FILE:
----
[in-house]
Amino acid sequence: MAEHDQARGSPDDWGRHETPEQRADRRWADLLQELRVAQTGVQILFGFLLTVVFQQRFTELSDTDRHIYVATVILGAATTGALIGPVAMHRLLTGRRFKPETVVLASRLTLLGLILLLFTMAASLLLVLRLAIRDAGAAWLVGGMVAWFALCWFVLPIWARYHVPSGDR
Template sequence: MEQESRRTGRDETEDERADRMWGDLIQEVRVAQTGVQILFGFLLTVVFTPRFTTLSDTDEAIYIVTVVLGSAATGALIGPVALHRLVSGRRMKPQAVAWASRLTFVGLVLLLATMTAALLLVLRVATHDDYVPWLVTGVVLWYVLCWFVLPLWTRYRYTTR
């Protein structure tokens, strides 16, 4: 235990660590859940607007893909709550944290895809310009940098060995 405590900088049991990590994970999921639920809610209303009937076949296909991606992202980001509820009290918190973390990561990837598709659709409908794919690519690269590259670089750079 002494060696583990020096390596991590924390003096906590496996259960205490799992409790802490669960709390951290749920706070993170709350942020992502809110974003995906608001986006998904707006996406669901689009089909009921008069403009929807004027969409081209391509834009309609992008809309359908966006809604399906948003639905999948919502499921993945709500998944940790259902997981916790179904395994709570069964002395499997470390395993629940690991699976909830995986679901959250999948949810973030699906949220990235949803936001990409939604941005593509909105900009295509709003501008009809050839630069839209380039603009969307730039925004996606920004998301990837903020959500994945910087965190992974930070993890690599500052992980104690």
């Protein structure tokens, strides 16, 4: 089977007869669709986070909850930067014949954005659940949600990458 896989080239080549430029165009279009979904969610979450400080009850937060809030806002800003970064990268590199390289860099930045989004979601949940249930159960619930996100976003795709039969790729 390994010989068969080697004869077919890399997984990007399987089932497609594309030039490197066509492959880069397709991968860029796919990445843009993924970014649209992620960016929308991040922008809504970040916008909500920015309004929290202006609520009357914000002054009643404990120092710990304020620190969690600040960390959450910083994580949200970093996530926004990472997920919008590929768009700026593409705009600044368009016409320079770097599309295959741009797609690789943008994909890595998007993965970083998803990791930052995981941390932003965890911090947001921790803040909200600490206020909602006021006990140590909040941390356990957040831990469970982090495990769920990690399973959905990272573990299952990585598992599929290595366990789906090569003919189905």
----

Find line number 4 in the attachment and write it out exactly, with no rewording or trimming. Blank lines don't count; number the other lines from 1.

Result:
């Protein structure tokens, strides 16, 4: 235990660590859940607007893909709550944290895809310009940098060995 405590900088049991990590994970999921639920809610209303009937076949296909991606992202980001509820009290918190973390990561990837598709659709409908794919690519690269590259670089750079 002494060696583990020096390596991590924390003096906590496996259960205490799992409790802490669960709390951290749920706070993170709350942020992502809110974003995906608001986006998904707006996406669901689009089909009921008069403009929807004027969409081209391509834009309609992008809309359908966006809604399906948003639905999948919502499921993945709500998944940790259902997981916790179904395994709570069964002395499997470390395993629940690991699976909830995986679901959250999948949810973030699906949220990235949803936001990409939604941005593509909105900009295509709003501008009809050839630069839209380039603009969307730039925004996606920004998301990837903020959500994945910087965190992974930070993890690599500052992980104690």